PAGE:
Variables in Riddle are an easy-to-use, no-code solution to creating dynamic and personalized content. Please check out our blog post for more context on why variables are important to create better content. Variables are automatically created for you in every Riddle, and you can use them in text blocks and form fields as pre-filled values. They require zero coding skills to use and allow for a high level of customization when creating Riddles. Variables are available in all Riddle Plans.

Variable types

There are 3 types of variables you can use in your Riddle:

  1. Block Answers Variables: Variables created from Riddle content. These variables store answers to previous questions and are created automatically as you create new question blocks.
  2. Formfield Variables: Variables created by quiz taker form entries. These variables store data entered by the user when taking the quiz.
  3. Data Layer Variables: Variables created through the Riddle Data Layer. When you set up Data Layer items, these items are turned into variables you can use throughout your quiz.

Variables are created as you add new blocks to your Riddle. When you add a new form block, a new variable for each form field will be auto-generated. Naturally, the variable should only be used in blocks following the block that generated the variable.

For example, if a form field asks for a user’s first name, you can only use that variable to personalize a text block in a following question block after the form block is shown. If you build your Riddle with branching logic, you must remember that certain variables may not even exist in a specific branch.

The same is true for Data Layer variables. The creator tool has no insight into when a Data Layer variable is filled as the data is passed to the variable outside the Riddle iFrame. Please keep that in mind when using Data Layer variables.

How to add a variable

Wherever Riddle allows variables, you will see a (+) symbol in the bottom right corner of the text editor.

add form, block and data layer variables as dynamic content to a Riddle

The selected variable will be entered at the cursor position in the text editor and follow the overall paragraph styling.

Default values

Sometimes variables have no value to display. Either because a user skipped over a form block or because you used one before it could receive any value. To avoid showing holes in your text, enter a default value that will be shown in this case. A good example is using the first name to personalize a quiz. If you made the form field skippable, you might not have a first name to display. Instead, enter the word “there” as a default value so that the user will be greeted with “Hi there,”

use default values with variables to avoid holes in your text

Use cases for variables

Implement these use cases in your quizzes to personalize your Riddle and to optimize your quiz marketing funnel.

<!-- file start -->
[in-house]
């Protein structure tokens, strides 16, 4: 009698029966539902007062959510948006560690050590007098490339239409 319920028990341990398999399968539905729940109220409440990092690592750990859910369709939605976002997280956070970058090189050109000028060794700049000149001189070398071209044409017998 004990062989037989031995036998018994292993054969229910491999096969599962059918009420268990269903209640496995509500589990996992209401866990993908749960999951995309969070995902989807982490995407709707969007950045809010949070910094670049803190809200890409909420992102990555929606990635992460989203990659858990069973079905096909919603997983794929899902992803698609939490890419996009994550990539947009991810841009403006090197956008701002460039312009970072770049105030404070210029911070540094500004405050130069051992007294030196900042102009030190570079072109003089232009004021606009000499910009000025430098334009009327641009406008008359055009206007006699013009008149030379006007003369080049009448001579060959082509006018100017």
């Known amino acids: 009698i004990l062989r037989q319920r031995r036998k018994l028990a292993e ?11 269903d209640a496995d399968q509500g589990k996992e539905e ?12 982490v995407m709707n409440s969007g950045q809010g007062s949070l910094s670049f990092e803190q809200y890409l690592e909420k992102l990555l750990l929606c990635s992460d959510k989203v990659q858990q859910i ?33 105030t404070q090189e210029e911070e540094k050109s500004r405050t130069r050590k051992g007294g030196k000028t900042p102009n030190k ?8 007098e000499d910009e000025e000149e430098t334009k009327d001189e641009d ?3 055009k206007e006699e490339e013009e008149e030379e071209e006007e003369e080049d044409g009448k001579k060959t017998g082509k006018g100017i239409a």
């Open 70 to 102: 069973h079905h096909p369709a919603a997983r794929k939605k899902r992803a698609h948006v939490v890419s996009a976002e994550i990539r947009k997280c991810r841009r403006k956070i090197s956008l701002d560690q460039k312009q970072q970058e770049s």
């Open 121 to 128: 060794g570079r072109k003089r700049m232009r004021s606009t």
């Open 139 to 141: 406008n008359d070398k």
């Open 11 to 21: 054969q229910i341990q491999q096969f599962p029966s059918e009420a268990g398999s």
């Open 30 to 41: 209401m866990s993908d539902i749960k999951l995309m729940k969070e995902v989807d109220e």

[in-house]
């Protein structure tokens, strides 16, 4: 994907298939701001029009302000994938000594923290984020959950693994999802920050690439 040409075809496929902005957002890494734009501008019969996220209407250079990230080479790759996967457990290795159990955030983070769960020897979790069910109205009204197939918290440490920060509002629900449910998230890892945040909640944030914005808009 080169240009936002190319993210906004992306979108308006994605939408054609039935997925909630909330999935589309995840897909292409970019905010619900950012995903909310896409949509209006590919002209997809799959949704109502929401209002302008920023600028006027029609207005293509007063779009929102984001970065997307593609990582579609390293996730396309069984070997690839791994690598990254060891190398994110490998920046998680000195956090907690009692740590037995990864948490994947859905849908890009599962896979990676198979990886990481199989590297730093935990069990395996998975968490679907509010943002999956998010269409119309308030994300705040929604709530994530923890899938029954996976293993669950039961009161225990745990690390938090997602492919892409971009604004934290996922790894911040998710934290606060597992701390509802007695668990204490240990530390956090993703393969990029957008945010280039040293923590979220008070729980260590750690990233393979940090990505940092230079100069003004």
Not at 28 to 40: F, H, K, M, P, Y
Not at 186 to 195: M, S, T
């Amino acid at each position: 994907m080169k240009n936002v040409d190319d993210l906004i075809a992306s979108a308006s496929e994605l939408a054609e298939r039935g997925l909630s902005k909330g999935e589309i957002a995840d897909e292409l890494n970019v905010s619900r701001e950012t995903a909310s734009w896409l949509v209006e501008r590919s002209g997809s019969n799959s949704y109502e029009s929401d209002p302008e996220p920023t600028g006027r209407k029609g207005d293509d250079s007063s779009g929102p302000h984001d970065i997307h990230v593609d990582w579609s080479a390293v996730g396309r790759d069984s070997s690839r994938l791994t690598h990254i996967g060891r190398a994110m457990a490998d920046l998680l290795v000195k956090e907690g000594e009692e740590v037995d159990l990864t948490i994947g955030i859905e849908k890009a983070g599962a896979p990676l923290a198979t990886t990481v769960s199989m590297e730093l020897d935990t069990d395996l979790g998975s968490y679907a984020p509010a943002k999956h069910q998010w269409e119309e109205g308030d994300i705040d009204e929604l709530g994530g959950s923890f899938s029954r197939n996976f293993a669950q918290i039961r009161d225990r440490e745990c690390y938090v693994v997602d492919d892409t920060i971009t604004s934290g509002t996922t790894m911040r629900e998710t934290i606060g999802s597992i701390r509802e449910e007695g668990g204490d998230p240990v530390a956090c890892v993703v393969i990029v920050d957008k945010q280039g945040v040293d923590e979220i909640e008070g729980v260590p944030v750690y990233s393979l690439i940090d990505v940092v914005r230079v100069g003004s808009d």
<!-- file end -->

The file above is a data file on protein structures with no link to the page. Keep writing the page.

The easiest way to use variables is to use the value from a form field in a text block. Ask the user for a name at the start of the quiz and then use the name to personalize the following questions. In addition to increasing your question completion rate, it will also help your data collection efforts, as you already collected a name as your first lead data right at the beginning of the quiz. You can follow up with a single email form field at the end. Here is an example of making use of this technique.

Emphasizing previous answers

Using answers selected in previous blocks allows making follow-up questions more dynamic and more relevant without creating complex branching logic. Let’s say you are creating a quiz for your article on popular pasta and sauce combinations, and you want your reader’s opinions on their favorite combination. One way to make the quiz more personal is creating branches for each answer option to the question about their favorite pasta and then show the next question referring to their pasta choice. With variables you can reduce the complexity of this to just 2 blocks without branching. Use their answer option as text block in your follow up question. If they selected Linguini as their favorite pasta, your next question can ask: Which of these sauces do you like best with “Linguini”. Check out the example below and hit replay a few times to play with it.

The example uses the Block Answers Variable to fill in the text. As there is no way to reach this question in the poll without answering the previous question, I am not using a default value for this variable.

answers to questions can be used as variables

Dynamic data from the Riddle Data Layer

For advanced marketing professionals, combining variables and the Riddle Data Layer is a great way to pass data from external sources into the Riddle, use it as dynamic content and then pass it back to your data warehouse along with the Riddle data.

If you already have data from your users, like their shipping address or phone number, you can pass that to the Riddle Data Layer and use it to pre-fill a form. With the data pre-filled, the quiz taker can now submit the form as is or update their details if they got a new phone or moved to a new address. Suppose you also pass a unique identifier like a customer ID to the Data Layer. In that case, you can now update the original data source with the updated user data.

Pro tip: you can test if your Data Layer setup works by displaying data layer values in text blocks. Add a text block as the first block in your Riddle and display all data layer values there. This way you can easily see if Riddle picked up everything you sent to the Data Layer without exporting the Riddle data first.

Feedback and other use cases

If you have other use cases or examples you want to share with us, please send them to Also, don’t hesitate to get in touch with us if you need help using variables in your Riddle projects.